Tricyles, tandem bikes, vintage bikes with pom-pom-adorned handles – really just about every kind of bike one can imagine – were at Riverfest Saturday morning for the second attempt by Wichitans to break a world record for the longest single line of moving bicyclists.
Although the official number of participants hasn’t been tallied and likely won’t be known for a day or two, Barry Carroll, founder of Bike Walk Wichita, who organized the attempt, said this time likely fell short. He estimated that a few hundred participated.
The current record is 916 participants in Davis, Calif., in October 2010, according to the Guinness World Records website. Organized by members of the Order of Odd Fellows lodge, that effort had 1,148 people at the start, but because of the length of the route, only 916 were able to line up at once.
“Meeting other cyclists and supporting the community is a bigger deal than setting a world record,” said Dick Siemer, who rode a tandem bike with his wife, Denise.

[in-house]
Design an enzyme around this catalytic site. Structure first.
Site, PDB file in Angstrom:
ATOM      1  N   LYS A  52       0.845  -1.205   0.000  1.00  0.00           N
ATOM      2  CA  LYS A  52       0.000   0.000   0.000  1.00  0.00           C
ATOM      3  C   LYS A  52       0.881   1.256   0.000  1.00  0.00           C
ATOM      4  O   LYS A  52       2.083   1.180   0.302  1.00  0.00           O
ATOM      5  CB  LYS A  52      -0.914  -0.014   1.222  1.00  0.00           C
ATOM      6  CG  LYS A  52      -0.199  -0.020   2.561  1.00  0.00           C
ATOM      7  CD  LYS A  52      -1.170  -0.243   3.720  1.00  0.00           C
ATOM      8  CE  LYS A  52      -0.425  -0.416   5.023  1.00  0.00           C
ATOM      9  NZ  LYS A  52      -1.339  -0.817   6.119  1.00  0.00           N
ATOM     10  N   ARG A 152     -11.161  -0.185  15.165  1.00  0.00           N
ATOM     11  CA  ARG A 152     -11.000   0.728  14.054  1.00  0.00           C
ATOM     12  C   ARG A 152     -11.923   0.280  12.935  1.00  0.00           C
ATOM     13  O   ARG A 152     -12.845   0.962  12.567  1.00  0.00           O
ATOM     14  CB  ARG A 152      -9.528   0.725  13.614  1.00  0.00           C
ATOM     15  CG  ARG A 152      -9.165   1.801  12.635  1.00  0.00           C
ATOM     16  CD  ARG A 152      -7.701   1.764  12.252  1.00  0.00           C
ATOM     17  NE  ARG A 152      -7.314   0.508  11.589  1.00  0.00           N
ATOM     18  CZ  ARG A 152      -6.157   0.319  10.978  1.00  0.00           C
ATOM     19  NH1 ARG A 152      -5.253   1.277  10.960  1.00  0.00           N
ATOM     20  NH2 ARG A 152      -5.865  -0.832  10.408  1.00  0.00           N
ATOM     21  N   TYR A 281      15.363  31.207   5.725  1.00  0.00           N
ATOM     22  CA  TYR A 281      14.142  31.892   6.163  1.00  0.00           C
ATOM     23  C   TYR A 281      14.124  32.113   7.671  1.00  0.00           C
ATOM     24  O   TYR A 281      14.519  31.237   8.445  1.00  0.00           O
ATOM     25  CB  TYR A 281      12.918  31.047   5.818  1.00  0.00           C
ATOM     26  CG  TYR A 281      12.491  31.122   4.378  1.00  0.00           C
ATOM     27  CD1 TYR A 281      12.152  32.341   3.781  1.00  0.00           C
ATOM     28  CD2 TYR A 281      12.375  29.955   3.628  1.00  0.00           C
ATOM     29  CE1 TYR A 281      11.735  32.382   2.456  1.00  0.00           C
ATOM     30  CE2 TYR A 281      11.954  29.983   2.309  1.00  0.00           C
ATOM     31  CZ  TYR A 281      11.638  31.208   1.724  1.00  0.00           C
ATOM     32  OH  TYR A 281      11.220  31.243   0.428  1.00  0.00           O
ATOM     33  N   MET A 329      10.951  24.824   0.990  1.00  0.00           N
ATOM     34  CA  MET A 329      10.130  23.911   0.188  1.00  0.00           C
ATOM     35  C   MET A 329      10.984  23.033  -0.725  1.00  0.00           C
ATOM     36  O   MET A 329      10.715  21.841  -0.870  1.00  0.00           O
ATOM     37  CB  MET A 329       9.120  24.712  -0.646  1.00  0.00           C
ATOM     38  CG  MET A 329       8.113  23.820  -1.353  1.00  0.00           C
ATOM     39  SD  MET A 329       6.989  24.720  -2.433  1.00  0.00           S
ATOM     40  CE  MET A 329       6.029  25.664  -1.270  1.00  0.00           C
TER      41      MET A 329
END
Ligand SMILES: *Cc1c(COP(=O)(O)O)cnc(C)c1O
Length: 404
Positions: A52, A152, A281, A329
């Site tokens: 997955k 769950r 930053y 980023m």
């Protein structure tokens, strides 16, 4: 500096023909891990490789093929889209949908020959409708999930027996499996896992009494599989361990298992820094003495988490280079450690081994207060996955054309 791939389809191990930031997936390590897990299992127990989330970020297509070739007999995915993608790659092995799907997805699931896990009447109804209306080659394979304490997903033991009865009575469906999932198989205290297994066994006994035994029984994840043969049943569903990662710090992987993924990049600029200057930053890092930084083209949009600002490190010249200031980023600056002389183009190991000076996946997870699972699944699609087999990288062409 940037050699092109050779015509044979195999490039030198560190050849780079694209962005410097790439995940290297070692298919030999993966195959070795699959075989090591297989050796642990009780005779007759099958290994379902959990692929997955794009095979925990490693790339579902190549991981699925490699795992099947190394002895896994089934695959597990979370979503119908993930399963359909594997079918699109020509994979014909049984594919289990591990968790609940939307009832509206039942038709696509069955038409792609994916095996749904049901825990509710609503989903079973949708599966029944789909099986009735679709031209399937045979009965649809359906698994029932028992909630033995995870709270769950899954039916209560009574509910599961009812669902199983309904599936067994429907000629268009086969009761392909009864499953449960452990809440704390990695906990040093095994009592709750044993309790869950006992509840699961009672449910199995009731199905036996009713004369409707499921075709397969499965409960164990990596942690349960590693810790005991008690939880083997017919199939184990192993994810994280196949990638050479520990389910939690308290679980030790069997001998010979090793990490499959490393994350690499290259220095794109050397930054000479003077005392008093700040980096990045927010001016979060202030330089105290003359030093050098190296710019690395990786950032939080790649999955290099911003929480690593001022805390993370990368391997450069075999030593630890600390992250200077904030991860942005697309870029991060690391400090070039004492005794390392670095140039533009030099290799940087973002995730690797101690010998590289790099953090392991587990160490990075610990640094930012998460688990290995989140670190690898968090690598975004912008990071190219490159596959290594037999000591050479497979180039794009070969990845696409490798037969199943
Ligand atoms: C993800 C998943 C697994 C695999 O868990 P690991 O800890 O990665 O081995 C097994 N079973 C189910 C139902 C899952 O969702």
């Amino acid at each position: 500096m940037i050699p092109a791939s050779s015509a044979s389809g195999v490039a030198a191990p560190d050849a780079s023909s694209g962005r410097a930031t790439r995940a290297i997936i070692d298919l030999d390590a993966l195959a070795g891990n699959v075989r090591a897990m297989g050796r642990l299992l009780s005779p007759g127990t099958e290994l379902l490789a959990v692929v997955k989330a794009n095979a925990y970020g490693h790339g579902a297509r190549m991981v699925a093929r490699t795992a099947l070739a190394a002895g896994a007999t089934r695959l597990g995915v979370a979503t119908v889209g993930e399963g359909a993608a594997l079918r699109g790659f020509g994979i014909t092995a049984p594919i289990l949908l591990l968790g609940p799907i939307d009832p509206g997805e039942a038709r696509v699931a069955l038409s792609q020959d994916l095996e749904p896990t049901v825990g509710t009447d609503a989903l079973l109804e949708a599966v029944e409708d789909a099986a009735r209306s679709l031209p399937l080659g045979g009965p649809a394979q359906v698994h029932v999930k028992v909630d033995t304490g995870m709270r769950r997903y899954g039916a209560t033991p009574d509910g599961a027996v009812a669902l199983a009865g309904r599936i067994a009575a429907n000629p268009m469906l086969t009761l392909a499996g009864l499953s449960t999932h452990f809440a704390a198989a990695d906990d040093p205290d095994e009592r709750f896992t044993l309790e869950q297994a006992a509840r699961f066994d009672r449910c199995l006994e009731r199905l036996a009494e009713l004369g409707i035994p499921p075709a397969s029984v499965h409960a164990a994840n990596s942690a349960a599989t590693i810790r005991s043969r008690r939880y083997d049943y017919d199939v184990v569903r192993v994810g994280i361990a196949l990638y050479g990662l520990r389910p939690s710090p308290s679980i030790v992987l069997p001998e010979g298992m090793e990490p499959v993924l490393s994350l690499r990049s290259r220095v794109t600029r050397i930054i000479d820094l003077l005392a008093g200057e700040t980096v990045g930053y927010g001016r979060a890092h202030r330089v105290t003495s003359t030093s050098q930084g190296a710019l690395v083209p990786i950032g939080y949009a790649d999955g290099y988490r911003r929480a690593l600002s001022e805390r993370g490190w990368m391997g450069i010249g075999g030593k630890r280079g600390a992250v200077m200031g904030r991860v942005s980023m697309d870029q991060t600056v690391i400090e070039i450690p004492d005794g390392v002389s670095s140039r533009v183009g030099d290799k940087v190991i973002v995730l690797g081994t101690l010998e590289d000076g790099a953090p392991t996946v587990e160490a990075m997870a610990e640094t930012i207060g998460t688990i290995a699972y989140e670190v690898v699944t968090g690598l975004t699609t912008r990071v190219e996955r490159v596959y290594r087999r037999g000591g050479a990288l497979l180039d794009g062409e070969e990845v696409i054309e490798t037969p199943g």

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Siemer said Wichita is becoming more bike-friendly, but could benefit from more bike lanes. When he lived in Albuquerque he could ride 75 to 100 miles on bike lanes and paths around the city, he said.
It’s good to have people see how easy and safe it is to ride downtown at the event, so they can be more at ease riding downtown in the future, Carroll said.
And he’s encouraged by the City Council putting a focus on walking and biking with pedestrian and bicycle master plans.
“There’s been a big resurgence of bicycling worldwide and nationwide. Cities are looking at all modes of transportation and biking is viable,” Carroll said.
Beside the health benefits of biking, Carroll said some people do it to reduce their carbon emissions by driving cars less.
In Wichita, only about 1 percent of people bike commute to work, but that number is around 10 percent in places such as Portland, Ore.
He predicts biking will only continue to grow in popularity in Wichita as more people flock to the city’s center to live.
Carroll hopes to make the attempt a yearly event.
The possibilities for rain and colder weather on Saturday may have staved off participants, Carroll said.
Last year’s attempt brought in about 850 riders, and this year’s goal was 1,200. Organizers documented the attempt by registering riders and setting up a video camera along the route to record each rider.
“If we didn’t break the record,” Siemer said, “then we’ll try again next year.”